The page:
After crossing Founders Bridge into East Hartford, runners soon find themselves in South Windsor, leaving the urban environment behind for nine miles between 4 and 13. "Those are nice miles, beautiful miles," said Shluger. "The scenery is spectacular. It's peak foliage; the homes are 1700s; there are horses and barns and pumpkin farms -- gorgeous."
Returning to East Hartford at the halfway point, the course hugs the Connecticut River in one of the prettiest stretches of the run. Runners make their way through Great River Park with views of the Hartford skyline jutting up across the river just 500 yards away.
Runners cross back over Founders Bridge into Hartford and, at mile 20, can actually eyeball the finish line before heading into the second out-and-back loop into West Hartford. Here runners encounter the course's modest hills ("It's not bad, but at mile 23 you're feeling it," said Shluger), as well as the west end's elegant Victorian homes set beneath a leafy canopy of ancient elms and maples.
Then it's back to Bushnell Park and under the ornately carved memorial arch to the finish line. "I would have to say that our finish line is one of the most spectacular I've ever seen, and I'm not exaggerating," said Shluger. "You run right through the arch, and the finish line is 100 yards or 200 yards past it. The crowds are enormous, four or five deep on either side, and if you look up as you run through the arch, you just have these chills going down your spine. There's that euphoric feeling with every marathon finish, but this just triples it."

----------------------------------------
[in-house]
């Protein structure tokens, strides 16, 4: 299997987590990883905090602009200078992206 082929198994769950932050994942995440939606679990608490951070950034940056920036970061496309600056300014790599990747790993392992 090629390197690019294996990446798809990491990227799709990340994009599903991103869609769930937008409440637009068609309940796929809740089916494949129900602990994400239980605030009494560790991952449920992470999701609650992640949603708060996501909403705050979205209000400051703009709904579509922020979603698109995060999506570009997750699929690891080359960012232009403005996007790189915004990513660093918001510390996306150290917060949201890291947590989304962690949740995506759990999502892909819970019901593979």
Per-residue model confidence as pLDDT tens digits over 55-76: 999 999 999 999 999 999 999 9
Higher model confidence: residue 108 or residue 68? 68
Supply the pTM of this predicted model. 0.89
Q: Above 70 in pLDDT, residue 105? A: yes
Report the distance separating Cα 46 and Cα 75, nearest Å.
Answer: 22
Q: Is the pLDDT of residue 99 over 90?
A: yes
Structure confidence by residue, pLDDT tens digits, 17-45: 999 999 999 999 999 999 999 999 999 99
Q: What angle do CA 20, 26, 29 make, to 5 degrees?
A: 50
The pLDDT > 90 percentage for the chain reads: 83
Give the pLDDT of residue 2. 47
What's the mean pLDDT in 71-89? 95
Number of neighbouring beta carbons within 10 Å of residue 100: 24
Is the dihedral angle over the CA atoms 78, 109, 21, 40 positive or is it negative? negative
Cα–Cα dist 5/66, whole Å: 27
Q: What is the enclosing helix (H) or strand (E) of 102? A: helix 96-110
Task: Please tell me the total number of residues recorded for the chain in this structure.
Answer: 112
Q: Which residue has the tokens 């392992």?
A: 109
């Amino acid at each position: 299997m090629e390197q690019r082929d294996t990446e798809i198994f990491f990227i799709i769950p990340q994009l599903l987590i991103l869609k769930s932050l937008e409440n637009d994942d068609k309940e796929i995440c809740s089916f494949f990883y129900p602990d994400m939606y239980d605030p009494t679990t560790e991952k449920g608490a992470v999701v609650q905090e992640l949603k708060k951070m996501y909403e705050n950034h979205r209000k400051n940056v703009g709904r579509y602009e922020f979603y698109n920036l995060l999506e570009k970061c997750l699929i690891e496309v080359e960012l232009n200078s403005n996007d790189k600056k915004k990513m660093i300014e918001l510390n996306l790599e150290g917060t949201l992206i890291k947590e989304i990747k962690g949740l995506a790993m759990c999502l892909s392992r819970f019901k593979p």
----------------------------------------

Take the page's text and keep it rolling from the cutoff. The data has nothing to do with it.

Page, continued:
Strong crowd support
Big crowds show up elsewhere on the course, too -- enought to make enthusiastic spectator support a hallmark of the Greater Hartford Marathon. Runners are buoyed by local supporters all over the course.
"The neighborhoods really embrace this thing, and the whole community comes out," said East Hartford Mayor Tim Larson, a vet of both the marathon and the associated half marathon. "It's not quite like the Wellesley College stretch at the Boston Marathon yet, but it's getting there. You have 80 or 100 people out on the street having a street party at points throughout the whole race."
That's no accident. In fact, race organizers pay special attention to the street culture of the event. "We've created party locations for spectators where we have food and beverage and entertainment," said race director Shluger. "We have entertainment every mile, and we highlight the best locations to park and to access the course."
"If you've got family and supporters out there three or four hours," said Whynacht, "anything you can do to keep people happy and occupied is good, because it's so important to have your supporters out there."
The marathon gives to the community in other ways, too, generating over $200,000 for charity, including a novel new program that has over 300 schoolchildren running a portion of the race as a fundraiser (see related article).
The race's community involvement and crowd energy gives the event a big-city feel without the big-city field of runners, though the event is growing fast. In its ninth year, the Greater Hartford Marathon is still a young race, but it has already grown into a medium-size marathon hosting 3000 runners -- large enough to capture the excitement of an "event race" but small enough to avoid a crowded course.
"I like this size a lot," said Whynacht. "When I go to a big marathon like Boston, I don't ever expect to run a personal best because you have a lot of course congestion for the whole race. At Hartford, it spins out faster, starts quick, and within half a mile of the start you're going at your goal pace and you're in and out of water stops quickly.
"You go to New York and Chicago, and it's all about the event experience, and you do your best to try to run," Whynacht added. "But at Hartford you can run for time. This marathon is very well put together, the course is very attractive -- and I'm telling you, it's fast."